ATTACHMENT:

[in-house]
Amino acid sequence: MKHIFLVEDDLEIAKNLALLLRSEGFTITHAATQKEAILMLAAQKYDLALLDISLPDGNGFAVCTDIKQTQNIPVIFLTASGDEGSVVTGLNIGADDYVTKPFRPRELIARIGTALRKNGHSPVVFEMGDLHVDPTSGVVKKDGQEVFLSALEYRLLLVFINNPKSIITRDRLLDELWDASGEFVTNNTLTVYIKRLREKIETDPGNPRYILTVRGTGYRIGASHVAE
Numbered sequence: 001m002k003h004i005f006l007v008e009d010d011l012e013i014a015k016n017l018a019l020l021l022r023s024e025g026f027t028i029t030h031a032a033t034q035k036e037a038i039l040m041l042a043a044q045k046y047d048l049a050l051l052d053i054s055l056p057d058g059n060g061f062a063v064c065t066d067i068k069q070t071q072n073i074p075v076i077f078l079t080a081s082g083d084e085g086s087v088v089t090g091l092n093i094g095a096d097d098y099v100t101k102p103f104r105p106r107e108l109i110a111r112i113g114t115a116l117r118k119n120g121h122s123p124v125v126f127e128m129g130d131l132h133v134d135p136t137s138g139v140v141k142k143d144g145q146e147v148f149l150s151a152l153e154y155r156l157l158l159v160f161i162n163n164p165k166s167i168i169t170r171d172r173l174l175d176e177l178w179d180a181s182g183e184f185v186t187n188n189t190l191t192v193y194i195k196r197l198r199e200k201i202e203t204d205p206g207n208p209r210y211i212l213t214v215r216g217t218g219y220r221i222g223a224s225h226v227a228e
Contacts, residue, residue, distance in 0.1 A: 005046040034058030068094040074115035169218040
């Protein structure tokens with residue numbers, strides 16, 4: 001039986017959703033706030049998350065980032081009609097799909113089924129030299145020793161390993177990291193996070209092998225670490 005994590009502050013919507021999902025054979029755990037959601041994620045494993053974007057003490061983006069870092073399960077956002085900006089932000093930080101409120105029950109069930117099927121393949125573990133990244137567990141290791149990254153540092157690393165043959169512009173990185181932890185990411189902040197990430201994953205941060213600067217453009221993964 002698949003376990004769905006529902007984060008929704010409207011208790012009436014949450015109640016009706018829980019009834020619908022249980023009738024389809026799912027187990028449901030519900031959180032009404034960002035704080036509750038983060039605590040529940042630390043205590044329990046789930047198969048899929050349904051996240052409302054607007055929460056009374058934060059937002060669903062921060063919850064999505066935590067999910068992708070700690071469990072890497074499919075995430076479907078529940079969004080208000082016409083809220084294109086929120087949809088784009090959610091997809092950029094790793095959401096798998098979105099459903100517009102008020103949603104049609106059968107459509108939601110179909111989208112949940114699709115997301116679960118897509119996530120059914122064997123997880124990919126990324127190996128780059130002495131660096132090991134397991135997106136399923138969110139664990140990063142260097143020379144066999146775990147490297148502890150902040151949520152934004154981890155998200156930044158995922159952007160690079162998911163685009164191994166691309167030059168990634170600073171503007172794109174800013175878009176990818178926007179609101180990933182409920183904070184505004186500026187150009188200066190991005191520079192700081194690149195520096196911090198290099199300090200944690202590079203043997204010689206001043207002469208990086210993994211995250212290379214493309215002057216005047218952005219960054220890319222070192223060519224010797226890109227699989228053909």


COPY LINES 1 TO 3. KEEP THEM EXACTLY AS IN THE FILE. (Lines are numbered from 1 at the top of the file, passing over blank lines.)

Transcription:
[in-house]
Amino acid sequence: MKHIFLVEDDLEIAKNLALLLRSEGFTITHAATQKEAILMLAAQKYDLALLDISLPDGNGFAVCTDIKQTQNIPVIFLTASGDEGSVVTGLNIGADDYVTKPFRPRELIARIGTALRKNGHSPVVFEMGDLHVDPTSGVVKKDGQEVFLSALEYRLLLVFINNPKSIITRDRLLDELWDASGEFVTNNTLTVYIKRLREKIETDPGNPRYILTVRGTGYRIGASHVAE
Numbered sequence: 001m002k003h004i005f006l007v008e009d010d011l012e013i014a015k016n017l018a019l020l021l022r023s024e025g026f027t028i029t030h031a032a033t034q035k036e037a038i039l040m041l042a043a044q045k046y047d048l049a050l051l052d053i054s055l056p057d058g059n060g061f062a063v064c065t066d067i068k069q070t071q072n073i074p075v076i077f078l079t080a081s082g083d084e085g086s087v088v089t090g091l092n093i094g095a096d097d098y099v100t101k102p103f104r105p106r107e108l109i110a111r112i113g114t115a116l117r118k119n120g121h122s123p124v125v126f127e128m129g130d131l132h133v134d135p136t137s138g139v140v141k142k143d144g145q146e147v148f149l150s151a152l153e154y155r156l157l158l159v160f161i162n163n164p165k166s167i168i169t170r171d172r173l174l175d176e177l178w179d180a181s182g183e184f185v186t187n188n189t190l191t192v193y194i195k196r197l198r199e200k201i202e203t204d205p206g207n208p209r210y211i212l213t214v215r216g217t218g219y220r221i222g223a224s225h226v227a228e